Michele Bachmann is now a Swiss citizen

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Alyeska
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Re: Michele Bachmann is now a Swiss citizen

Postby Alyeska » 2012-05-11 04:54pm

Eternal_Freedom wrote:Ah, because obviously the individual can't be allowed to decide things (sarcasm...or is it?)


Being delberately dense? US citizens can renounce their citizenship. But the US government will not accept coerced renouncements. The US government considers dual citizenship and renouncements to be two different issues. A US citizen will never be forced to give up their US citizenship just because another country requires an oath of renouncement.
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Re: Michele Bachmann is now a Swiss citizen

Postby Mr Bean » 2012-05-11 04:58pm

Eternal_Freedom wrote:Ah, because obviously the individual can't be allowed to decide things (sarcasm...or is it?)

Exactly (No sarcasm) I don't see why any individual would want to give up being part of the Greatest and Best Country on the Planet (tm) Shawn Hannity) Besides to be American you need only pass one of two tests, one involving basic history questions you could cram for in an afternoon and living here for over seven years the other by being born here. A test so difficult I remind you that tens of thousands of new born babies fail it every single day.

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Re: Michele Bachmann is now a Swiss citizen

Postby Eternal_Freedom » 2012-05-11 05:11pm

Alyeska wrote:
Eternal_Freedom wrote:Ah, because obviously the individual can't be allowed to decide things (sarcasm...or is it?)


Being delberately dense? US citizens can renounce their citizenship. But the US government will not accept coerced renouncements. The US government considers dual citizenship and renouncements to be two different issues. A US citizen will never be forced to give up their US citizenship just because another country requires an oath of renouncement.


Ah, I see. I thought that this meant taking any other citizenship oath wouldn't be seen as binding, rather than only those that require you to renounce other nationalities. My mistake.
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Re: Michele Bachmann is now a Swiss citizen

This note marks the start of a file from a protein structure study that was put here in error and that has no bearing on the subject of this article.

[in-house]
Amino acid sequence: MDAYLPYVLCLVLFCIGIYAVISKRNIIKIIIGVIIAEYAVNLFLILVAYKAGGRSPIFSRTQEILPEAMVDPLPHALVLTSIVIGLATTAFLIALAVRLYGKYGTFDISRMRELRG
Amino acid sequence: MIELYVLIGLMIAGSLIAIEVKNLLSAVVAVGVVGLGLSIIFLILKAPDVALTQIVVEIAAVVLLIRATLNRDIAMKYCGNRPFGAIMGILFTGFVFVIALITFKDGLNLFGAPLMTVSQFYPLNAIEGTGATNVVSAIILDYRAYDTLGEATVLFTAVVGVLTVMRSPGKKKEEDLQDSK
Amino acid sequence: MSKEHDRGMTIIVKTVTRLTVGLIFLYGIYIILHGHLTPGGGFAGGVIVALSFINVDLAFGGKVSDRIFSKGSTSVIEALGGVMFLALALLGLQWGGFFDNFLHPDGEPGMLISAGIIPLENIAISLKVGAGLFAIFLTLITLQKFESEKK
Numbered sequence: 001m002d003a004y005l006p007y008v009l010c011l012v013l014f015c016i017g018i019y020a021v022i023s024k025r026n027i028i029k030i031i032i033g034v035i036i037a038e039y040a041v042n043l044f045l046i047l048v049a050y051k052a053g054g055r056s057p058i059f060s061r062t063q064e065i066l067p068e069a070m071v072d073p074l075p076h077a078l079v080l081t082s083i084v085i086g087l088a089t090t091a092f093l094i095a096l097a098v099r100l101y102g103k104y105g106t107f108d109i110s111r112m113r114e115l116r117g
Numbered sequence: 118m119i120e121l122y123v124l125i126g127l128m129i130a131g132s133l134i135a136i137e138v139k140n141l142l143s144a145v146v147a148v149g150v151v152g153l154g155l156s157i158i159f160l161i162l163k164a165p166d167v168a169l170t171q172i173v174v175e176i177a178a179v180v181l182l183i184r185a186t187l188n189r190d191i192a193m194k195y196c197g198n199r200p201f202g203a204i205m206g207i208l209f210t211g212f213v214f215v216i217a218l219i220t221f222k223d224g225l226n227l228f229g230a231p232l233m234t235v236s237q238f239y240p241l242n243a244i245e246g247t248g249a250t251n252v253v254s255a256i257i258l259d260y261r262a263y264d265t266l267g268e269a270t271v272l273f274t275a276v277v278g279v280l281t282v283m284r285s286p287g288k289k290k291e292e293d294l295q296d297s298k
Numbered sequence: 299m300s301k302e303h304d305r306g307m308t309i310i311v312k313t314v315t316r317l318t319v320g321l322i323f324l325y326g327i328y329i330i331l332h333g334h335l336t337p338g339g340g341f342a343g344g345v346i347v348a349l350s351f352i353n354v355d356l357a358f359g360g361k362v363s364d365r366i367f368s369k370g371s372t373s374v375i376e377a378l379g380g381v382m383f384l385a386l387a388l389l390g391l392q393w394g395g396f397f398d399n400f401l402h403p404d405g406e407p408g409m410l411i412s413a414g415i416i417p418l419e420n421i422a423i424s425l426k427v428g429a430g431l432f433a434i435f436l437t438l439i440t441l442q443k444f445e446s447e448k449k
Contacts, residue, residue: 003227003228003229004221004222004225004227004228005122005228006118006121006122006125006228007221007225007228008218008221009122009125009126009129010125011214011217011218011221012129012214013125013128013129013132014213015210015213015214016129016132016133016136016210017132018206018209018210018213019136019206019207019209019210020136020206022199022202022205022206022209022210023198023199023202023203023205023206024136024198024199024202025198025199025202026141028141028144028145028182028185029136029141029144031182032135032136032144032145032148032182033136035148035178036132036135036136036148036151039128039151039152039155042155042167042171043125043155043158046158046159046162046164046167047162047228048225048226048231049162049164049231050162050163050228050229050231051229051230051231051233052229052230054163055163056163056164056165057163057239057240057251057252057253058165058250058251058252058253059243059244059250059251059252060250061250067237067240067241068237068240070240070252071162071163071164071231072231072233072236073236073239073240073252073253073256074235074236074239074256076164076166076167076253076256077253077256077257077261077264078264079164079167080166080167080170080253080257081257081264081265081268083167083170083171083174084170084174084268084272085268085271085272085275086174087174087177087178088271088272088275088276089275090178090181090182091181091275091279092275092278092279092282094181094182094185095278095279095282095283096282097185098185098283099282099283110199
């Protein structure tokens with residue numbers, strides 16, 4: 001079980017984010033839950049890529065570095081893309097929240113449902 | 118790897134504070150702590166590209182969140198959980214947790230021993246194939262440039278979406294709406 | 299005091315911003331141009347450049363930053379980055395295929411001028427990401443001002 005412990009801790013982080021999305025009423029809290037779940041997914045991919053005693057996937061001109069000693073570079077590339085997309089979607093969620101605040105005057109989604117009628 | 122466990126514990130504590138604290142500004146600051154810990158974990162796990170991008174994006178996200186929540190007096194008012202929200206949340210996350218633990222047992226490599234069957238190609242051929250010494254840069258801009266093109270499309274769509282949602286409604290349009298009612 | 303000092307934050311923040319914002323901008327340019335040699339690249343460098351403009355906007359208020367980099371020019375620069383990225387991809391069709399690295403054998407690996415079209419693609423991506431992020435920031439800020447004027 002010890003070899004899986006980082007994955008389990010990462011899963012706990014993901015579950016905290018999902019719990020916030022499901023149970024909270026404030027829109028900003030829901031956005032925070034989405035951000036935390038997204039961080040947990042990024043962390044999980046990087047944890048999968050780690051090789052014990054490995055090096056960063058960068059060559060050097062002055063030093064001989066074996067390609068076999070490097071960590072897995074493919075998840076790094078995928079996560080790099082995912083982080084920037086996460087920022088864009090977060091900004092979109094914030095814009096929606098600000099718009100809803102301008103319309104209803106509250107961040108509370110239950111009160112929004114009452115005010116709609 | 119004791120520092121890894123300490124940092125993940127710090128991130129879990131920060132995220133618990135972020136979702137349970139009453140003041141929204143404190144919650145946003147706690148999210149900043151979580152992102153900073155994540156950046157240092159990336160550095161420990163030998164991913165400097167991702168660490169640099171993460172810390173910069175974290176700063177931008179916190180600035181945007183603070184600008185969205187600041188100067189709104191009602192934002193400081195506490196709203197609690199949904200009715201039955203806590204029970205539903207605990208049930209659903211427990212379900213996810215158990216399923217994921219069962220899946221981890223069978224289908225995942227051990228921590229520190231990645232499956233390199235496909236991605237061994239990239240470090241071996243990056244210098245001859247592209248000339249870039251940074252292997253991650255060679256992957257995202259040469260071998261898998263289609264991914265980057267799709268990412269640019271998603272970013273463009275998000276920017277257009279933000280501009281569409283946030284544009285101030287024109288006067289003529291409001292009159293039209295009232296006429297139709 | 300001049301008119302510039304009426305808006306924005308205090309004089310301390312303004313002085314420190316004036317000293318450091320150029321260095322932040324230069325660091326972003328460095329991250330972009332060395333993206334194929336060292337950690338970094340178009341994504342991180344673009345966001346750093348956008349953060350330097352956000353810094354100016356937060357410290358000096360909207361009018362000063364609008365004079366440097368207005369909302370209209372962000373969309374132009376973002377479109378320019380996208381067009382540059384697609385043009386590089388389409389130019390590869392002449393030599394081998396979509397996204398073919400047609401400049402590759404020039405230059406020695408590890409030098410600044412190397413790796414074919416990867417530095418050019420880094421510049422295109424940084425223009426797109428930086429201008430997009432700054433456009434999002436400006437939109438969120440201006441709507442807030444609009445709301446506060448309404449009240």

Postby FSTargetDrone » 2012-05-11 11:28pm

Dalton wrote:Apparently she's not going through with it now.


After getting skewered for it:

Bachmann blasted by right blogs
By: Tim Mak
May 11, 2012 12:10 PM EDT

Rep. Michele Bachmann insisted Thursday she’s withdrawing her Swiss citizenship to “make it perfectly clear” that she’s a “proud American citizen,” but intense criticism from the right may have forced her decision.

The news that the Minnesota Republican became a Swiss citizen on March 19 was greeted poorly by conservative blogs — which normally argue in her favor — as writers called her dual citizenship “treason,” “career-ending” and an “insult."

A former Bachmann congressional staffer told POLITICO that the congresswoman sometimes acts “impulsively” and suggests that she must have registered for citizenship without considering all consequences.

“She didn’t think there was anything wrong with holding or applying for Swiss citizenship while serving as a member of the U.S. Congress. She didn’t think it might be perceived as a conflict of interest as a candidate for president or for reelection to her House seat,” said the staffer. “But one might think she’d be better served to focus first on her constituents in Minnesota and then on her fellow citizens in Switzerland.”

Mark Krikorian, an influential anti-immigration writer who contributes to the National Review and heads the Center for Immigration Studies, led the charge in the blogosphere with three articles in two days about how Bachmann’s dual citizenship was wrong.

“This is outrageous and she needs to hear about it… Dual citizenship isn’t simply a matter of convenience, a way to make travel easier or a sentimental tie to the Auld Sod,” argued Krikorian. “It’s an insult to both countries.”